"I started from Denison at 8 a.m., taking to the railroad. After going five miles the roadbed became so bad that I could not ride, and I sought the highway. This did not help me much, for I was able to ride only a little way at a time, and then walk anywhere from 100 yards to a mile. My coaster brake, which had begun to give me trouble the day before, became on this day a coaster broke. The threads of the axle were stripped, and, while the brake would not work, the coaster worked overtime, so that I could not start the bicycle by pedaling; I had to run it along and then hop on.
This day, July(sic) 14, was the hottest I had yet encountered. My clothing was drenched with perspiration, and it was hard to decide whether it was easier and cooler walking or riding. I hated the task of dismounting every half mile, walking in the gumbo mud and pulling my feet out at each step as if I was breaking them away from the hold of a rubber rope; yet when I was walking it seemed about as easy to keep at it as to start the motor by running along with it and jumping on, knowing that I was apt to fall immediately, as I did several times because of the ruts, and knowing, also, that if I did not fall as soon as I mounted that I was likely to be compelled to dismount after going 500 yards. One fall that I got through performing this stunt of running with the bicycle and jumping aboard on the rutty road nearly laid me up, I fell and struck my knee so hard that I had to sit down and nurse my strength for a quarter of an hour. My leg was lame for a couple of days. It was all I could do to keep going, and had the blow been a little harder I would have been crippled. It may be tiresome to react about the hard luck passages of my trip, but it is less tiresome than enduring them; arid they all come back to me so vividly that the story would seem incomplete without some of these mishaps. At best, the hard knocks pale in description. and I try to state them mildly. In actual fact, some of them were sources of real agony. It was not a sentimental journey at any stage, nor a humorous one, and often I was too sadly used up to perceive what humor there might have been in a situation, though usually I am not slow in catching any glint of humor there may be abroad. I must have appeared comical at many times, but unfortunately we have not been blessed by the gods with the gift "to see ourselves as others see us," and so missed many a laugh and smile at my own appearance.
A part of the aggravation of this hot day was due to the remarks of those I met on the road. “What's the trouble?" "Puncture?" "Motor busted, eh?" These were some of the queries and comments I had hurled at me as I floundered along through the mud. Sometimes the remarks were uttered from sincere solicitude, sometimes from mere curiosity, and occasionally from a desire to ridicule. "Why don't you ride?" was several times asked by persons who really did not understand why a motor bicycle could not go through anything. There is, in fact, a great deal of ignorance still remaining among the farmer folk as to the limitations of a bicycle. They seem sometimes to think that it must be able to skim on the surface of sand and mud, run through water, or on a telegraph wire, or anywhere; yet, on the other hand, there is great incredulity as to the ability of anyone going any great distance. The worst taunt I got while walking and pushing the bicycle came from a grizzled farmer old enough to be more polite to strangers. He called out: "Hey, young fel'! Is it any easier walkin' in that gumbo when yer push one o' them things along-side?" The paradoxical ideas of the farmers about my bicycle were revealed in the evening when I arrived at a small place called Ogden after covering 76 miles. While I was talking about my trip and telling of the troubles of the daunting journey there were several expressions of disbelief in my story of having come from San Francisco, and I was told that I couldn't get to Chicago with a "little thing like that." At almost the same time a man solemnly asked me why I didn't avoid all the bad going by riding on the steel rail, he having no doubt of the ability of a me to ride right along on a rail without any attachment."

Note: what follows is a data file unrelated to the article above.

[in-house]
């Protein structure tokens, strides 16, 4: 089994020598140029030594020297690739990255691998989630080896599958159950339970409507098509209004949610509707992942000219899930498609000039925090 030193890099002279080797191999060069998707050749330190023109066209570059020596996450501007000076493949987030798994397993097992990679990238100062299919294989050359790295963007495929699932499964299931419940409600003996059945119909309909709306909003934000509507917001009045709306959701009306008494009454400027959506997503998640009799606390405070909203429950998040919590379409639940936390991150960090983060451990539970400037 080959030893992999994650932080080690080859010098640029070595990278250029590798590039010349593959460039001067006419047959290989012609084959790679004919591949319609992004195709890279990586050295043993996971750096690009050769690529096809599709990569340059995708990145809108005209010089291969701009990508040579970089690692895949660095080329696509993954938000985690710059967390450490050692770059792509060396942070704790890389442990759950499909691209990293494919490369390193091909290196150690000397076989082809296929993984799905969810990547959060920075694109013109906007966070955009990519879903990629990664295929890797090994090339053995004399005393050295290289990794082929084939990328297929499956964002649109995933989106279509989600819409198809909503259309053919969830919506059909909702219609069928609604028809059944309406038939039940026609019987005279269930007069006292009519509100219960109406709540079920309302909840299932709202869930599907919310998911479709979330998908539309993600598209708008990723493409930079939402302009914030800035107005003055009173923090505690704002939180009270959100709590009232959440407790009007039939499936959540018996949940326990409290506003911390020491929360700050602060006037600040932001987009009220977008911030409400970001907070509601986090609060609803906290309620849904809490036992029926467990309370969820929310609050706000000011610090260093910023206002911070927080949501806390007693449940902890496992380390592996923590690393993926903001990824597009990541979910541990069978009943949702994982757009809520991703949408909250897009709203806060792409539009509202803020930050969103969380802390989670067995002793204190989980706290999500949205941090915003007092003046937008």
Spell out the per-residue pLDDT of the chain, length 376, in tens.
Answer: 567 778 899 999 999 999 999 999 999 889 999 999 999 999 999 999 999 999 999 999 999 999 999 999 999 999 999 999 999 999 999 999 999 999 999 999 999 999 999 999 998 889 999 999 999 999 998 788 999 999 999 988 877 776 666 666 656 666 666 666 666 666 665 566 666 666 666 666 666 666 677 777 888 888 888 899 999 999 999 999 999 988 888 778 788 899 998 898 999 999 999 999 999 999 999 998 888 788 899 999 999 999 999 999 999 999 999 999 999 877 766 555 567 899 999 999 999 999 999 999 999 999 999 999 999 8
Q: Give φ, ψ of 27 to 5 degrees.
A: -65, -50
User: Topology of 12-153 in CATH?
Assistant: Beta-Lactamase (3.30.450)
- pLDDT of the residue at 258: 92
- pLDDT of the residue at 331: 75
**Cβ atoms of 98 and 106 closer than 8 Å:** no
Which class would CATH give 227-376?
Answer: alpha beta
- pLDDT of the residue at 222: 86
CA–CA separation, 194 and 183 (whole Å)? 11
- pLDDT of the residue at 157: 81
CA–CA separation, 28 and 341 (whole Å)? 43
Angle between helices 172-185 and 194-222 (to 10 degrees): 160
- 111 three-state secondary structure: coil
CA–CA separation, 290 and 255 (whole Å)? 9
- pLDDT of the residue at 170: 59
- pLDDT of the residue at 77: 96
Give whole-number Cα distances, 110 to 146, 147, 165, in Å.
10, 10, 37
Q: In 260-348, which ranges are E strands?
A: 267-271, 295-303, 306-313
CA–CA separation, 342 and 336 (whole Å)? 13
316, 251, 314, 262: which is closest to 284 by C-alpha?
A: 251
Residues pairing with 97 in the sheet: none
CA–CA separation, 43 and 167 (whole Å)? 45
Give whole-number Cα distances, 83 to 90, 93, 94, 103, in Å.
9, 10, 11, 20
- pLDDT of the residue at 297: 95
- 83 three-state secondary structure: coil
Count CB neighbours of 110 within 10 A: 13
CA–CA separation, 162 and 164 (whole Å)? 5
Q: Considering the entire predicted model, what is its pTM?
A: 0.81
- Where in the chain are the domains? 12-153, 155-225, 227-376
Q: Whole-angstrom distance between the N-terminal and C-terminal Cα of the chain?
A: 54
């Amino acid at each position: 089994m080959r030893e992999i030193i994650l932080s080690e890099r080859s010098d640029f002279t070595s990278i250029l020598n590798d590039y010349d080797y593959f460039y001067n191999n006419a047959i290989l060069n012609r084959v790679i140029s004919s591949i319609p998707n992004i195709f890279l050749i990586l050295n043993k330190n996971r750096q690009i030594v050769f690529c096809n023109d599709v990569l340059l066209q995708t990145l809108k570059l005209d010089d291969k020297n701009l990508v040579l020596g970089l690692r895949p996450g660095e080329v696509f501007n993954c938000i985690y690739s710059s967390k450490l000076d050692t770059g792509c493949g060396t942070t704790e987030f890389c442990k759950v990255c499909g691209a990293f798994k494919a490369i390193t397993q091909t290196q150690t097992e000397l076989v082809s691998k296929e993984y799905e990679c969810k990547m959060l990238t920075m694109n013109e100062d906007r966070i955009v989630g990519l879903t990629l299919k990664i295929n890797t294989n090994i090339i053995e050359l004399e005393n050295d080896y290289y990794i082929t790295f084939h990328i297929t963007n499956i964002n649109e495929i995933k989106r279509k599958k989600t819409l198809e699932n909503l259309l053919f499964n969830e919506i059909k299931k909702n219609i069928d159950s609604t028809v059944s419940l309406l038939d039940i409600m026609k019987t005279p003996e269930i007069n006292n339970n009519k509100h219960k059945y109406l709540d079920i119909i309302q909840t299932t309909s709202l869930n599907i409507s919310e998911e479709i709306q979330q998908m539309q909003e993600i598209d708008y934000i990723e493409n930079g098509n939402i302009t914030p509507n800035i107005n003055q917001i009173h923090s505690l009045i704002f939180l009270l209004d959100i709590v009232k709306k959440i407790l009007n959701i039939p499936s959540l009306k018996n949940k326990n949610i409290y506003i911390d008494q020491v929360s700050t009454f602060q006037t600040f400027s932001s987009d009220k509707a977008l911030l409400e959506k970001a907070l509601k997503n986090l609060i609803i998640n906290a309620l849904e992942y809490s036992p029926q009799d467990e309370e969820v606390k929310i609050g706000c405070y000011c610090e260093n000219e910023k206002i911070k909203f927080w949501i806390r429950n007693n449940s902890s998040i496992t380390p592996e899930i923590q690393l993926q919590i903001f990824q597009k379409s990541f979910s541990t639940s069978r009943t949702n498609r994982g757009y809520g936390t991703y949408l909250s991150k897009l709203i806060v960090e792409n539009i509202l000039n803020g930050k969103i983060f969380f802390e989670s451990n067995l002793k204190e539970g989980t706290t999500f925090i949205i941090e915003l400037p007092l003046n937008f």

Across America on a Motor Bicycle - "Through The Valleys Of The Two Great Rivers To Chicago" by George A. Wyman, The Motorcycle Magazine, September 1903, Vol 1 No 4
Omaha, NE to Chicago, IL
June 12 to June 19, 1903